During the mid-phase, occurring during the follicular phase (which spans from approximately day 8 to day 10 of the menstrual cycle), columnar epithelial cells within the uterine glands become more curved and elongated.
In the late phase, also occurring during the follicular phase (around day 11 to around day 14), the endometrial glands become more closely packed and coiled. They also begin to undergo nuclear pseudostratification and active mitosis (cell division).
Throughout the various phases, cervical fluid changes. It becomes more thin, watery, and slippery. The changes also make the vagina less acidic, so it’s a more hospitable environment for sperm.
Can You Feel the Proliferative Phase?
If you’re interested in tracking your menstrual cycle and the times when you’re most fertile, you may be wondering if you can feel the proliferative phase. Some women can feel some changes during this phase, such as increased energy, backaches, or increased confidence. You can also pay attention to your cervical mucus to get an idea of where you’re at in your menstrual cycle.
At the beginning of the follicular phase, cervical mucus tends to become slightly sticky and creamy. Around the time of ovulation, it becomes more slippery, stretchy, and clear.
What Happens After the Follicular Phase?
After the follicular phase, your body will enter the secretory phase. During the secretory phase, you’ll experience an increase in progesterone levels that prepare the uterine wall for the potential attachment of a fertilized egg. The process that increases endometrial thickness comes to a halt during this time.
If you don’t become pregnant during the follicular phase, your body will break down your uterine lining during the secretory phase. Endometrial cells secrete prostaglandins, which stimulate contractions in the uterine muscle. In other words, those little buggers cause your uterus to cramp up. This cramping in your uterus helps trigger menstruation.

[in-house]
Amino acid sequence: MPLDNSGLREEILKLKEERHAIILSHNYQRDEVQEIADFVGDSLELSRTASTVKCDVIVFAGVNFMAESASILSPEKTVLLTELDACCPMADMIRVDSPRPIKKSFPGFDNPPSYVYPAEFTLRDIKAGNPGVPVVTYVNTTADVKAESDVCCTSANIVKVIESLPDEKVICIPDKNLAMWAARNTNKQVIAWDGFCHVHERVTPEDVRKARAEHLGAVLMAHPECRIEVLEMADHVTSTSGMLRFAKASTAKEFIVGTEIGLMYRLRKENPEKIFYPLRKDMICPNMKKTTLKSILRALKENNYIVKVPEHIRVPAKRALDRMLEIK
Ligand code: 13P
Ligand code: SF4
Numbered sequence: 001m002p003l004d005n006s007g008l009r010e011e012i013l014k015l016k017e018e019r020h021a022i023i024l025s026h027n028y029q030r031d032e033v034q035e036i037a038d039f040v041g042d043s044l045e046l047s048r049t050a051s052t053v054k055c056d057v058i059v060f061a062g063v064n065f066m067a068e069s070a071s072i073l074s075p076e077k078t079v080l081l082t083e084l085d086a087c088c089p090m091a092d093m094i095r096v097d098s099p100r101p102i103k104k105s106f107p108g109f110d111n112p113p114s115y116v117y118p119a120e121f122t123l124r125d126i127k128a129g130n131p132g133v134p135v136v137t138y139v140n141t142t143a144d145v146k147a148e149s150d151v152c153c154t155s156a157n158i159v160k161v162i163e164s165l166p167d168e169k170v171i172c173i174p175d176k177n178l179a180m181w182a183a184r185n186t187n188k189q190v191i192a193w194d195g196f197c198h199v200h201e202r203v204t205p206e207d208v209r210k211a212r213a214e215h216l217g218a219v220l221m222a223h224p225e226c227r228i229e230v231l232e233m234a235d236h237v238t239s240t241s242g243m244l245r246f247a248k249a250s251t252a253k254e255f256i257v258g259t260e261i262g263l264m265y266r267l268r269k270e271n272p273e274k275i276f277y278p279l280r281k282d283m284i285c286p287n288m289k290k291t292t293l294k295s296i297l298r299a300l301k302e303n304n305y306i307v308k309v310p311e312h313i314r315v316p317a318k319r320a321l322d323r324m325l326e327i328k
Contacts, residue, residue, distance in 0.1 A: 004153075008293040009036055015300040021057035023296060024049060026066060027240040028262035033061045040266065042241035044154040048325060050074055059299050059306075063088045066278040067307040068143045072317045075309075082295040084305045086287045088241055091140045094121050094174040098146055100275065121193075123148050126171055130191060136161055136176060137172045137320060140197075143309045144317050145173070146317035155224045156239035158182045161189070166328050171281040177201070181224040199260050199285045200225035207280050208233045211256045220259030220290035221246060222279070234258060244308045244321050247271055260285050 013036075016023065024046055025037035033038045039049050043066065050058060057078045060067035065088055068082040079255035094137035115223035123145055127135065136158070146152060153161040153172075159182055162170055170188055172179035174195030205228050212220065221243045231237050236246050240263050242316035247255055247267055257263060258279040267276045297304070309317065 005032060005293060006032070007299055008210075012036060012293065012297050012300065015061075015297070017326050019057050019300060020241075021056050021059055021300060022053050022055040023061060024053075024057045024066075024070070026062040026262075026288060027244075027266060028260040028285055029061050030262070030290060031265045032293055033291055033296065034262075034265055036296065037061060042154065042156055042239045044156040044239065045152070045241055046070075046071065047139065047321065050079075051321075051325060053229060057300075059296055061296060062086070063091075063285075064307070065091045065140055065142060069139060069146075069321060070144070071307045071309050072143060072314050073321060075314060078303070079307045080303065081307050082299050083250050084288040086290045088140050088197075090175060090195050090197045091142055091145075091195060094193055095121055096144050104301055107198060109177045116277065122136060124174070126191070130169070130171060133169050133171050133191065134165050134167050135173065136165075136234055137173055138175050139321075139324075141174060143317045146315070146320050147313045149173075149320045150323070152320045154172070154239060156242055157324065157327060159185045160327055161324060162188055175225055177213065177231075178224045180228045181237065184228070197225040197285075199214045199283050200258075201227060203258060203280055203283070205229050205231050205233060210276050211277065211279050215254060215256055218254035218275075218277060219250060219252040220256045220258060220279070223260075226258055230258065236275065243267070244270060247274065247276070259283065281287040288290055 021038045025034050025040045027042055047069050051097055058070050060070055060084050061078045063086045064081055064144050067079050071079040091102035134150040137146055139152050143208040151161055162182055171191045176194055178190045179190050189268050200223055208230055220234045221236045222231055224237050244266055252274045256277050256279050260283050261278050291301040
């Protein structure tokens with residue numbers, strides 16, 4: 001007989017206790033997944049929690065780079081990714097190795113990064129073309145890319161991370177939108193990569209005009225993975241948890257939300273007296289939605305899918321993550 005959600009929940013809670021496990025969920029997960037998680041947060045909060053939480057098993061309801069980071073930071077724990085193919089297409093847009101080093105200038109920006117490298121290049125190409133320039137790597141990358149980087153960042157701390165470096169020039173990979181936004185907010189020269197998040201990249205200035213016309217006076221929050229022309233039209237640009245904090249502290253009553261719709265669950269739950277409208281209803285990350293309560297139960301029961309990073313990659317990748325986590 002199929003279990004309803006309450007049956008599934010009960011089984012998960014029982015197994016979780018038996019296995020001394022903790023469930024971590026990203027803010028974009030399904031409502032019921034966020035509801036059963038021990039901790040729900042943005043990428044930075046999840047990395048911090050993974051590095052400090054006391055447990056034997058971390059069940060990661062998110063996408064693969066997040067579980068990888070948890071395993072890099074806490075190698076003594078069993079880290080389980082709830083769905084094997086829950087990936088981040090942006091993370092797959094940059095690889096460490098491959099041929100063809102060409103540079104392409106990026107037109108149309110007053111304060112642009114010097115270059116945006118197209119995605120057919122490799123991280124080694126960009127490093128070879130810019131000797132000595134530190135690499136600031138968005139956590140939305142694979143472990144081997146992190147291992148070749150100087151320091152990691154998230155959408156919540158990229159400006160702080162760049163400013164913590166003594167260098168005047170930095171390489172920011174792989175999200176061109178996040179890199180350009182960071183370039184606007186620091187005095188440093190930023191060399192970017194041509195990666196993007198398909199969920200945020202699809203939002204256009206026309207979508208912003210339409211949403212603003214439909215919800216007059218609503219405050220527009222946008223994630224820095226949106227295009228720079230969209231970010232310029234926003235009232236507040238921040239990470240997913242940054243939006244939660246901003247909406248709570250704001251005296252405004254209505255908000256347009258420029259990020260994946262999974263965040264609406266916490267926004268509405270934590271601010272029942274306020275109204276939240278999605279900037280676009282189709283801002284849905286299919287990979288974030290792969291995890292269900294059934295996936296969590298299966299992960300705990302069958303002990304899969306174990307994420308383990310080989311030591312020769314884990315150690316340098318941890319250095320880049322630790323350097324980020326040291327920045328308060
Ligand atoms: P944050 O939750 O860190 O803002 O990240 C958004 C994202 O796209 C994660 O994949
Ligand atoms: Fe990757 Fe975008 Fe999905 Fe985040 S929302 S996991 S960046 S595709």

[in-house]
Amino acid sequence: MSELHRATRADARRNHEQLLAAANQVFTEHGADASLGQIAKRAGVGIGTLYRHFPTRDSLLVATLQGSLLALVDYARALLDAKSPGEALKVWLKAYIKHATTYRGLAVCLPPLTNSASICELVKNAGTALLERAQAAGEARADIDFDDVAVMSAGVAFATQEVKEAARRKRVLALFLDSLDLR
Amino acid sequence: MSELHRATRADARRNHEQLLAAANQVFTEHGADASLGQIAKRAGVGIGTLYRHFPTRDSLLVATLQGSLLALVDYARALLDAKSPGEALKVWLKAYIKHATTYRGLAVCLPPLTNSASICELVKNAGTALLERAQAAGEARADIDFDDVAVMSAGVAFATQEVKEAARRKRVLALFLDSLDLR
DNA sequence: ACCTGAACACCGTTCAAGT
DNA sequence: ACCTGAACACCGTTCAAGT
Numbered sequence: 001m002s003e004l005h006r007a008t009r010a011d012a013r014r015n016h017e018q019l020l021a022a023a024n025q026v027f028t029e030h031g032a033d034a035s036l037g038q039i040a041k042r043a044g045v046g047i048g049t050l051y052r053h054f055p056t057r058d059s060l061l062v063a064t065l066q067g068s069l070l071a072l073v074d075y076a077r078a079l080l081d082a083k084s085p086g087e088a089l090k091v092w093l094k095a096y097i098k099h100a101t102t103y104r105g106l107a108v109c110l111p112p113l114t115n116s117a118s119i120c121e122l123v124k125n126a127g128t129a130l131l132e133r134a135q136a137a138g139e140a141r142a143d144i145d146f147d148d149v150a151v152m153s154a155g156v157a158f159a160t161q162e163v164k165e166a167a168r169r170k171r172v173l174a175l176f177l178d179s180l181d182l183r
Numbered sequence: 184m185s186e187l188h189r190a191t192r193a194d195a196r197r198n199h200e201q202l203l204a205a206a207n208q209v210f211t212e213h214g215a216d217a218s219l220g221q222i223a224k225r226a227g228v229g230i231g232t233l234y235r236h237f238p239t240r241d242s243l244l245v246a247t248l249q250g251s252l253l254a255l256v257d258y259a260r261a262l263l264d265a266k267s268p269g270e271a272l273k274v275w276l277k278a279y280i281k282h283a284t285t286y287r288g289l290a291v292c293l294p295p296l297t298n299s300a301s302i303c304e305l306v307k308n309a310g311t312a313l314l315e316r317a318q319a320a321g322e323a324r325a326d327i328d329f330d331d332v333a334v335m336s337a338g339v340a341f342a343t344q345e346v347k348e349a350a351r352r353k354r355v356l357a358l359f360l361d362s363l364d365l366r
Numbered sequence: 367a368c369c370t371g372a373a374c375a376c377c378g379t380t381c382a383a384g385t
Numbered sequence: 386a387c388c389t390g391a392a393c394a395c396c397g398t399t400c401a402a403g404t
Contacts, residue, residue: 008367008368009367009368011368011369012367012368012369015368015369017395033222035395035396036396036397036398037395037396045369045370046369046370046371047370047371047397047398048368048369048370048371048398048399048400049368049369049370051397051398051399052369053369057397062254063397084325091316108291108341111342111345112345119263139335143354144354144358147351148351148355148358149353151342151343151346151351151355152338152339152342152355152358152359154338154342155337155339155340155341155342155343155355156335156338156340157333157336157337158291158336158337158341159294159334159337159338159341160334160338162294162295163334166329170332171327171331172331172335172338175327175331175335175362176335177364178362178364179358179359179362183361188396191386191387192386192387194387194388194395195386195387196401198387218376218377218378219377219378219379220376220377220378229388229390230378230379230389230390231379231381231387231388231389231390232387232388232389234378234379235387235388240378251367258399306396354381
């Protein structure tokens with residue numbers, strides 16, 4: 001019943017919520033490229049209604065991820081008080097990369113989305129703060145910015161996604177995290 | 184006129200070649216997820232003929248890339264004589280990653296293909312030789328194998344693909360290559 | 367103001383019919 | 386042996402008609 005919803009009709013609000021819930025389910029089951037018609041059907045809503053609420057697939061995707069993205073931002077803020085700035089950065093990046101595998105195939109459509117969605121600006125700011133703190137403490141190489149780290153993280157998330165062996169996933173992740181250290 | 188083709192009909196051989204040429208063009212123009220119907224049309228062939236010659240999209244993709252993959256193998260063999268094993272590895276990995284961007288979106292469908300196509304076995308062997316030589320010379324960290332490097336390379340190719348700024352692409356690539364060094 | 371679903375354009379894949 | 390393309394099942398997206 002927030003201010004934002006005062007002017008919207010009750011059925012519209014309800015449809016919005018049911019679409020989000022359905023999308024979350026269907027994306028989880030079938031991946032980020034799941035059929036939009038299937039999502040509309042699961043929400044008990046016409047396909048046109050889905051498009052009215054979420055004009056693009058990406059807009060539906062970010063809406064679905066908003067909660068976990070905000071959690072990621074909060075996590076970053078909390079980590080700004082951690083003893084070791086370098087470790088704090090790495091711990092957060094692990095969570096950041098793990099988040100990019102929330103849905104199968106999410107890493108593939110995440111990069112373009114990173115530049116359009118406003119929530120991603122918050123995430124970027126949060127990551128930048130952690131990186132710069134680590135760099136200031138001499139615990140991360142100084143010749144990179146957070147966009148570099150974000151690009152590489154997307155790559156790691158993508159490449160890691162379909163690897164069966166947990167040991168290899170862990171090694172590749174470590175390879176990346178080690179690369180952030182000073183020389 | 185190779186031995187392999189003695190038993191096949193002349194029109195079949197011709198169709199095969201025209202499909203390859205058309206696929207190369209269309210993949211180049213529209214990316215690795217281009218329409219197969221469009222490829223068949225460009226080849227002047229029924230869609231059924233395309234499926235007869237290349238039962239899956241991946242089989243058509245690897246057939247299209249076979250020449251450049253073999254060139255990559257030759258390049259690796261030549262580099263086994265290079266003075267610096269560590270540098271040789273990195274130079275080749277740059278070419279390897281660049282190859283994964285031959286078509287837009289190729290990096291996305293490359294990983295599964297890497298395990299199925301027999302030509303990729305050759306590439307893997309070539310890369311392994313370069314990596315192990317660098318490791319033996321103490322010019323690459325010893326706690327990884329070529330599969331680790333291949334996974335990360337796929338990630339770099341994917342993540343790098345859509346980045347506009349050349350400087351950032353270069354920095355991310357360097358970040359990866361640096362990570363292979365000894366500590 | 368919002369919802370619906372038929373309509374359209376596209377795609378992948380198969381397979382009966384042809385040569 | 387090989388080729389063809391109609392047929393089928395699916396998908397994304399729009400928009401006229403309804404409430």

In addition to cramping, the corpus luteum also stops producing progesterone and estrogen. As these hormones drop, the blood vessels constrict, and endometrial tissue begins to break down. As menstruation begins, your body’s remarkable menstrual cycle starts all over again.
Is Proliferative Phase Endometrium Normal?
Proliferative endometrium is a term that refers to healthy reproductive cell activity. When your body prepares a layer of endometrial cells for attachment of a fertilized egg, that layer is called proliferative endometrium.
If this normal process ever leads to the unusual growth of endometrial cells, it’s referred to as disordered proliferative endometrium. Usually, this term is used to describe abnormal endometrial thickness. In some cases, though, it can be a sign of a serious problem that should be addressed with help from your OBGYN.
If the endometrium becomes too thick during the follicular phase, it’s referred to as endometrial hyperplasia. In some cases, this may not be a cause for concern. But you should know that it can potentially lead to cancer of the uterus, so you should monitor it carefully.
Which Phase of the Uterine Cycle Is Driven by High Levels of Estrogen?
High estrogen levels drive the follicular phase of the uterine cycle. The anterior pituitary gland releases additional hormones during the follicular phase, including follicle stimulating hormone (FSH) and luteinizing hormone (LH).
Discover the Hormone-Balancing Secret
Keeping our female hormones balanced throughout the proliferative phase can be challenging, but the task becomes easier with the right tools. Hertime is an all-natural hormone-balancing product created by women for women. It not only tastes great but can help the female body prepare for either a pleasant pregnancy or a more comfortable period. Those are two things we can all celebrate!